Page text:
On the conference call, neither could really explain why the buyout had occurred. There were plenty of facts, figures, EBITDA ratios, customer numbers, strategies and plans. But underpinning all of it was a confusion that left most onlookers out of sync with reality. Wasn’t it only one month ago that Malone had publicly called for Hackett to “cash out” of his company? What had changed? Why was Hackett selling? What made now the right time? Nobody seemed to know.
The reaction from Internode customers was instant and clear. Although it was mostly expressed online, at the time I visualised many of them raising their heads and hands to sky and crying: “Noooo!” iiNet was a good company, many of them seemed to feel, but Internode has always represented something more. Something they cared strongly about.
There is no doubt that this feeling revolves around and stems from the fact that Simon Hackett has never been a ‘normal’ executive or entrepreneur in the usual sense of the word.
Where executive like Malone have followed a path of rapid expansion through constant acquisition, Hackett has preferred to quietly and steadily build Internode’s customer base through the constant development of its network infrastructure. Where companies like TPG have blanketed Australia with massive and misleading marketing campaigns, Internode has virtually relied on word of mouth alone. Where many of Australia’s ISPs have gone public and made their founder instant multi-millionaires, Internode has remained independent and almost 100 percent in the hands of Hackett himself.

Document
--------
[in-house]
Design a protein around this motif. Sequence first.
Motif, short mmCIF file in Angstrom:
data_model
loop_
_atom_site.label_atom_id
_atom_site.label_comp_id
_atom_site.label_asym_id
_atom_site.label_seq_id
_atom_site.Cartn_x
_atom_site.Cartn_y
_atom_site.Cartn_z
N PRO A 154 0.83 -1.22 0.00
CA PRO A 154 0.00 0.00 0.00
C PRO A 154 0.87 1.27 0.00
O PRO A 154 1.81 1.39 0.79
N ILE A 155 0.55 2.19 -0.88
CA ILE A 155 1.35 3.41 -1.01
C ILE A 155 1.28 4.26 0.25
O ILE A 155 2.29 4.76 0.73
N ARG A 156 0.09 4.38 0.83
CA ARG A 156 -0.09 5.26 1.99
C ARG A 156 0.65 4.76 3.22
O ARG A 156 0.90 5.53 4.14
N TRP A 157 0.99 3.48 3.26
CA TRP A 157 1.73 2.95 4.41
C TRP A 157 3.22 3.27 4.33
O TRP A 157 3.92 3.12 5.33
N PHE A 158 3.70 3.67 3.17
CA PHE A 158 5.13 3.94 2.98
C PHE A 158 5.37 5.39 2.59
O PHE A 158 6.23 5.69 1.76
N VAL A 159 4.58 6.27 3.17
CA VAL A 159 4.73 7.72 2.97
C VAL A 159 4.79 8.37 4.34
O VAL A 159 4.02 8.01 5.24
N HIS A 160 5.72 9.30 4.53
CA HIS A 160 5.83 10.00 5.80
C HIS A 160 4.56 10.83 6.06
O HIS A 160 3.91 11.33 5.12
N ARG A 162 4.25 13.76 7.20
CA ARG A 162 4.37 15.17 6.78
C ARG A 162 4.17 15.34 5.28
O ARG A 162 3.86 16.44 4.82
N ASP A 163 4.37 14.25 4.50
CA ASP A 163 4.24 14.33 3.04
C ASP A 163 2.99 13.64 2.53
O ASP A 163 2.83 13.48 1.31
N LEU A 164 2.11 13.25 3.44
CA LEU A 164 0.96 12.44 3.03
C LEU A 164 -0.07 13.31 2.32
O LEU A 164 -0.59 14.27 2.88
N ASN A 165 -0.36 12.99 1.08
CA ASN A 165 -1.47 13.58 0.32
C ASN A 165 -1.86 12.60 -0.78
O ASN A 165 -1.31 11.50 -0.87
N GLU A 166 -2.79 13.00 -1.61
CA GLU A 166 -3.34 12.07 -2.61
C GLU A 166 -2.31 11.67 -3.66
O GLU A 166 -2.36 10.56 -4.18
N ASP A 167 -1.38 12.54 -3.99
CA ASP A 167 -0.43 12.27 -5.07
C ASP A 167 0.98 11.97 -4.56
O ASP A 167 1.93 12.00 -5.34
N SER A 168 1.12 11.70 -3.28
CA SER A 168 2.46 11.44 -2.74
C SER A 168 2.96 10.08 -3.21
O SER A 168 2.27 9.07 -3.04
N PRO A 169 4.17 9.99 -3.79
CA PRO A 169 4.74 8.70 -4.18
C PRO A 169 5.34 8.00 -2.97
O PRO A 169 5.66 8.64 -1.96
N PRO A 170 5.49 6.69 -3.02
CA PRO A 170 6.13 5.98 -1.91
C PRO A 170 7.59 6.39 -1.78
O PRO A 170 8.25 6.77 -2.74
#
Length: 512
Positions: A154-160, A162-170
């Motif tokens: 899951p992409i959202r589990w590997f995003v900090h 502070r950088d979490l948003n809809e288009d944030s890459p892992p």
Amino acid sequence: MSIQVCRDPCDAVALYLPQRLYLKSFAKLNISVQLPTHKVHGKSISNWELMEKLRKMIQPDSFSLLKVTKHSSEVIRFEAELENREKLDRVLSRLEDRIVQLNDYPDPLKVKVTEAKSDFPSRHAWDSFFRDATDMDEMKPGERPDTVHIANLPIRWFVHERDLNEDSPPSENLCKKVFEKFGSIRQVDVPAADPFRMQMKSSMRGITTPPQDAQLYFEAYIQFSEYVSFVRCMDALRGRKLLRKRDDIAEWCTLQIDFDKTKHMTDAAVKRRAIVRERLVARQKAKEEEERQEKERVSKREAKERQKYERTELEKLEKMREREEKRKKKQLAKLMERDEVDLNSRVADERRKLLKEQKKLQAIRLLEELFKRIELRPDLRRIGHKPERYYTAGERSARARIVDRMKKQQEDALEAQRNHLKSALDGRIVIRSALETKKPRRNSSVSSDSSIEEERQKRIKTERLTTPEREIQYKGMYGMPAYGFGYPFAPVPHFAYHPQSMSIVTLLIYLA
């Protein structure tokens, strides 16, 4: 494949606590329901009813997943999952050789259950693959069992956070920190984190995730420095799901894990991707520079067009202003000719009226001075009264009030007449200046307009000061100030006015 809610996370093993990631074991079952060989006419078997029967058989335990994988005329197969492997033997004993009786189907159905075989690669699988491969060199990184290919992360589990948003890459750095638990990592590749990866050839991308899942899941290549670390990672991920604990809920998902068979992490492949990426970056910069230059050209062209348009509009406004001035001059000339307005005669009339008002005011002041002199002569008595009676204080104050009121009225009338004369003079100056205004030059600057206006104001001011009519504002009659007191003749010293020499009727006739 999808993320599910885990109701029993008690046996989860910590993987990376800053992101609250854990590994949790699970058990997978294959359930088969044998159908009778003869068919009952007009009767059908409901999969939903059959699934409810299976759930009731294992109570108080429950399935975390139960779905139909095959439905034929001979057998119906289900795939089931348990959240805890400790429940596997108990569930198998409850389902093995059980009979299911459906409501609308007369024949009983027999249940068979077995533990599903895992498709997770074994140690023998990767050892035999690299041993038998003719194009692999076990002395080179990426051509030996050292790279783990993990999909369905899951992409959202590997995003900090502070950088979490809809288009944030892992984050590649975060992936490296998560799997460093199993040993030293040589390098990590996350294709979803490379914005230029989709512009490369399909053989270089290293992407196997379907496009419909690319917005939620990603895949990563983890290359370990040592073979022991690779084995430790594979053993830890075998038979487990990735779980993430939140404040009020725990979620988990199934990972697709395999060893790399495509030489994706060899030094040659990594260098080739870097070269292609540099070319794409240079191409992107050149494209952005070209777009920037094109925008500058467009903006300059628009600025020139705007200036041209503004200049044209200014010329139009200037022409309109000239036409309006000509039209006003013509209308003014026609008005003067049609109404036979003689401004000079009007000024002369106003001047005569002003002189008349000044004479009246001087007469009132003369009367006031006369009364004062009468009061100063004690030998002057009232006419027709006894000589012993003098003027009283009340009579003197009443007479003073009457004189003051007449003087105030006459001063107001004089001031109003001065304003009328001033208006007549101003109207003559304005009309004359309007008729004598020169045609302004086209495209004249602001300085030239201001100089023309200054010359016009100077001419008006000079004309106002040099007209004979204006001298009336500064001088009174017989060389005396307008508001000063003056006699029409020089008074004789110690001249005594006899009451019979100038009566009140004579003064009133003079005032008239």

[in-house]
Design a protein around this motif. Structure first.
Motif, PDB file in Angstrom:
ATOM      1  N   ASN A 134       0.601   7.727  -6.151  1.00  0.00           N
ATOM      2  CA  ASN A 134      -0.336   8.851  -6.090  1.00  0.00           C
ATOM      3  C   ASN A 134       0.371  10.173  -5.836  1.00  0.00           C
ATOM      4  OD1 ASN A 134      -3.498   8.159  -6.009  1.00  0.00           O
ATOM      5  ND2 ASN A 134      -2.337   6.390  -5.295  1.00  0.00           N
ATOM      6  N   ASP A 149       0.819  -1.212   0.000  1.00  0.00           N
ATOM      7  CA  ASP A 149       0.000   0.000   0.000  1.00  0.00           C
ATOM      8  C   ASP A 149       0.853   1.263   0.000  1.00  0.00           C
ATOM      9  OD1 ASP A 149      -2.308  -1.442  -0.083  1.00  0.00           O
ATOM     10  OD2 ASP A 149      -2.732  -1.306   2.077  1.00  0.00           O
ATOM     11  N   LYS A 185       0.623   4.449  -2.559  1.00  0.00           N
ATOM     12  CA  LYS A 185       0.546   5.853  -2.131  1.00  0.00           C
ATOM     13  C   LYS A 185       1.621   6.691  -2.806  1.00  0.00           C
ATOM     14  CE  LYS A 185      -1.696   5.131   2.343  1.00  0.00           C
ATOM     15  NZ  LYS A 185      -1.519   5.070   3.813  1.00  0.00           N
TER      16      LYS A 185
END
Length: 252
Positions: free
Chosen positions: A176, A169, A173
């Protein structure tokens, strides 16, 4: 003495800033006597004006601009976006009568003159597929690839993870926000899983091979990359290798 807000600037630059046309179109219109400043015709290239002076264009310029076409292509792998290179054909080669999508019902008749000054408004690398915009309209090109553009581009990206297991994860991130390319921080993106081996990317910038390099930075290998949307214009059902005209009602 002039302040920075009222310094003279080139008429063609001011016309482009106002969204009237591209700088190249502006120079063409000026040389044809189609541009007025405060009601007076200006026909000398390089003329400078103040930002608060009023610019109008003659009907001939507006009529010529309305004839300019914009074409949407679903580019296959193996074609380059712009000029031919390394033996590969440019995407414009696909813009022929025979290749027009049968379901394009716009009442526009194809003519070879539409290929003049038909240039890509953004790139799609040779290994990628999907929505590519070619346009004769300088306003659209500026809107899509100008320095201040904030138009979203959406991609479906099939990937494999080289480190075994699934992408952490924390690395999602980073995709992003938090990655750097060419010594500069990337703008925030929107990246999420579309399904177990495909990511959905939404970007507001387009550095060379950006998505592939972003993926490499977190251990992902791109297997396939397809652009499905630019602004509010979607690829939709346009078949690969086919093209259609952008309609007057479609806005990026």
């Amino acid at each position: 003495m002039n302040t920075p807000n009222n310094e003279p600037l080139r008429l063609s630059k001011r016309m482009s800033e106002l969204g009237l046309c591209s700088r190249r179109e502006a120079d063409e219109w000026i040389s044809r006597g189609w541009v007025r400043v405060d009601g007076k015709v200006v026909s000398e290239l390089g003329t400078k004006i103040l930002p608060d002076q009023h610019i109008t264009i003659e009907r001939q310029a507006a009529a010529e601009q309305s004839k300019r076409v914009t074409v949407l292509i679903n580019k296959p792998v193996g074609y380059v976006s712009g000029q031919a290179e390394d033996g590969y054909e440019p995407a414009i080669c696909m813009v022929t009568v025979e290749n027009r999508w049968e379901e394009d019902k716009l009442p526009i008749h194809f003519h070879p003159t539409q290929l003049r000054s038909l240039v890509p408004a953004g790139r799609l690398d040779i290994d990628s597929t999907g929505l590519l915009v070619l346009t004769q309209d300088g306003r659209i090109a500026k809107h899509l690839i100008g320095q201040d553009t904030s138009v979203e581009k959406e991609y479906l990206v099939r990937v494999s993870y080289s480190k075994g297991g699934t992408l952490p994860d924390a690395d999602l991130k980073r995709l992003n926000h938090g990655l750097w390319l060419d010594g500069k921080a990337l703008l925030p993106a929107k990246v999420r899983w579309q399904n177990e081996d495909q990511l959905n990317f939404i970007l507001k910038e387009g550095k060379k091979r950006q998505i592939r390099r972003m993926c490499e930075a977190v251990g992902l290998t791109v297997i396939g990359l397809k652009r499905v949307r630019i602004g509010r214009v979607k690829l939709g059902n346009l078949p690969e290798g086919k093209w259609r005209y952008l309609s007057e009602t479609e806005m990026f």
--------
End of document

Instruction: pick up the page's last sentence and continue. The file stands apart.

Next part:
Where some ISPs have cooperated to a certain extent with the big bad, Telstra, Internode has waged a war against the nation’s biggest telco that has now lasted several decades and has seen no quarter or mercy given. Where almost every ISP holds back some information from its customers, sometimes for their own good, Internode has been unflinchingly, brutally honest in its dealings constantly. Rarely do you wonder where Internode sits on a certain position. Internode does not deal in shades of grey — only black and white.
Hackett’s naked honesty in places such as Whirlpool has become the stuff of legend. His blog posts on Internode’s own blog have exhaustively disclosed how the company is serving its customers, including fine details of its financial model. And his rare industry speeches are always packed houses as those attending await to hear how one of the only true ‘outlaws’ left in the sector sees the ISP industry of today — and what he will do next.
And yet, Internode has not been a perfect company in the capitalistic sense over the years.